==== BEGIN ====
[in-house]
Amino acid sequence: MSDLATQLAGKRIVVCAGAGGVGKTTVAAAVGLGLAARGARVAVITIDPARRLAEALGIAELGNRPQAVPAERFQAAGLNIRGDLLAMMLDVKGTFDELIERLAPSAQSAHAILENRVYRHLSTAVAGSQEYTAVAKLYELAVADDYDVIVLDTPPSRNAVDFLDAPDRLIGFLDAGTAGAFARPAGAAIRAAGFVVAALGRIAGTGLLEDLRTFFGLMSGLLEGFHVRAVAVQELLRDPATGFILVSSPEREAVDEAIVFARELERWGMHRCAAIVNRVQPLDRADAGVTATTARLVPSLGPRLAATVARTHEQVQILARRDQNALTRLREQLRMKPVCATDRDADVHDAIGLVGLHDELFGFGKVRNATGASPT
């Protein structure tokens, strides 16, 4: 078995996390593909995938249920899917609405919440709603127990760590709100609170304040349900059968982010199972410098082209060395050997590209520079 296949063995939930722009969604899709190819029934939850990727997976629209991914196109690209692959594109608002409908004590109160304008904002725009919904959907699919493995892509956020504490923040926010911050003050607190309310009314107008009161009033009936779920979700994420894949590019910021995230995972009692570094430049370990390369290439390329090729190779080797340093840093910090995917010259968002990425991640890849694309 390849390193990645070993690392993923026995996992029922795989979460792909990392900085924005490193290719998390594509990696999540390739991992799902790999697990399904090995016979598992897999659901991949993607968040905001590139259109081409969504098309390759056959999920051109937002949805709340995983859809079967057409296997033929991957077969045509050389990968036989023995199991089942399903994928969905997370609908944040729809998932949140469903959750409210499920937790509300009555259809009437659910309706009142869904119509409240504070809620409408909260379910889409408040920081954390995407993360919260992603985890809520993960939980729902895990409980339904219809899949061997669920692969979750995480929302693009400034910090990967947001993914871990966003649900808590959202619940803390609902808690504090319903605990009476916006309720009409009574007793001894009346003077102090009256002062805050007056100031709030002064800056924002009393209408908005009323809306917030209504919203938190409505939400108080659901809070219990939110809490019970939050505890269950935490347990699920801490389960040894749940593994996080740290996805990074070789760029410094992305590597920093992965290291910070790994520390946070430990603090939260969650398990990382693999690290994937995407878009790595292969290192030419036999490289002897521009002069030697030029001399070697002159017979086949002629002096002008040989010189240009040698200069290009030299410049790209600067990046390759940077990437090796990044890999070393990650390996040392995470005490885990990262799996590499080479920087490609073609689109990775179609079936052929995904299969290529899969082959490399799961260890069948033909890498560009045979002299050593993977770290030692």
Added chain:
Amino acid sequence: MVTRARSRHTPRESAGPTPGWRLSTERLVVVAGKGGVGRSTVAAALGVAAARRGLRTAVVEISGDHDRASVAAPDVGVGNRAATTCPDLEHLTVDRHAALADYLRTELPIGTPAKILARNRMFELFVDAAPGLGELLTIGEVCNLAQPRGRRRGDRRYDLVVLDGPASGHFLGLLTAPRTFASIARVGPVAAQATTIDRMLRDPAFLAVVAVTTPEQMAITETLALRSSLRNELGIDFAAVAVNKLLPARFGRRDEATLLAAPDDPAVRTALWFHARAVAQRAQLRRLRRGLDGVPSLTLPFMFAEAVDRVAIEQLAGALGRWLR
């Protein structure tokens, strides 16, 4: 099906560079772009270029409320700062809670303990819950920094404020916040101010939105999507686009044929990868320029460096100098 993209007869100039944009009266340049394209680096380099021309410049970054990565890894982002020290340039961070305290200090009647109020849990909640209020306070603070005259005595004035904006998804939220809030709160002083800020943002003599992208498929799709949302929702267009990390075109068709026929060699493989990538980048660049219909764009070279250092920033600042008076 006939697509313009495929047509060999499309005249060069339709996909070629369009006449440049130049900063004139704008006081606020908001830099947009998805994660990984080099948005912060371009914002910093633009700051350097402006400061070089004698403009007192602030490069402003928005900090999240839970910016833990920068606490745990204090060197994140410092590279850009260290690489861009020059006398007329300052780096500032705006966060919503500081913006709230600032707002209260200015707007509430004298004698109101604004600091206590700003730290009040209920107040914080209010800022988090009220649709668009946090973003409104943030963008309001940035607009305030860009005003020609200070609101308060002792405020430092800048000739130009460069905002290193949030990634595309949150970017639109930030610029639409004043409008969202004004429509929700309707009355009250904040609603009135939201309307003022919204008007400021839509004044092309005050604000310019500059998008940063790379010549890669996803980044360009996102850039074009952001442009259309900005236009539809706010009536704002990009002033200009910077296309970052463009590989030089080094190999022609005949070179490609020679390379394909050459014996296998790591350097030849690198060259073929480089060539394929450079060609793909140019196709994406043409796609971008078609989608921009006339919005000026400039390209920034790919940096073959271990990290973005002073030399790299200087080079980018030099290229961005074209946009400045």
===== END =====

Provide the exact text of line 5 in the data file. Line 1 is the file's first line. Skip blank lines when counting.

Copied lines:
Amino acid sequence: MVTRARSRHTPRESAGPTPGWRLSTERLVVVAGKGGVGRSTVAAALGVAAARRGLRTAVVEISGDHDRASVAAPDVGVGNRAATTCPDLEHLTVDRHAALADYLRTELPIGTPAKILARNRMFELFVDAAPGLGELLTIGEVCNLAQPRGRRRGDRRYDLVVLDGPASGHFLGLLTAPRTFASIARVGPVAAQATTIDRMLRDPAFLAVVAVTTPEQMAITETLALRSSLRNELGIDFAAVAVNKLLPARFGRRDEATLLAAPDDPAVRTALWFHARAVAQRAQLRRLRRGLDGVPSLTLPFMFAEAVDRVAIEQLAGALGRWLR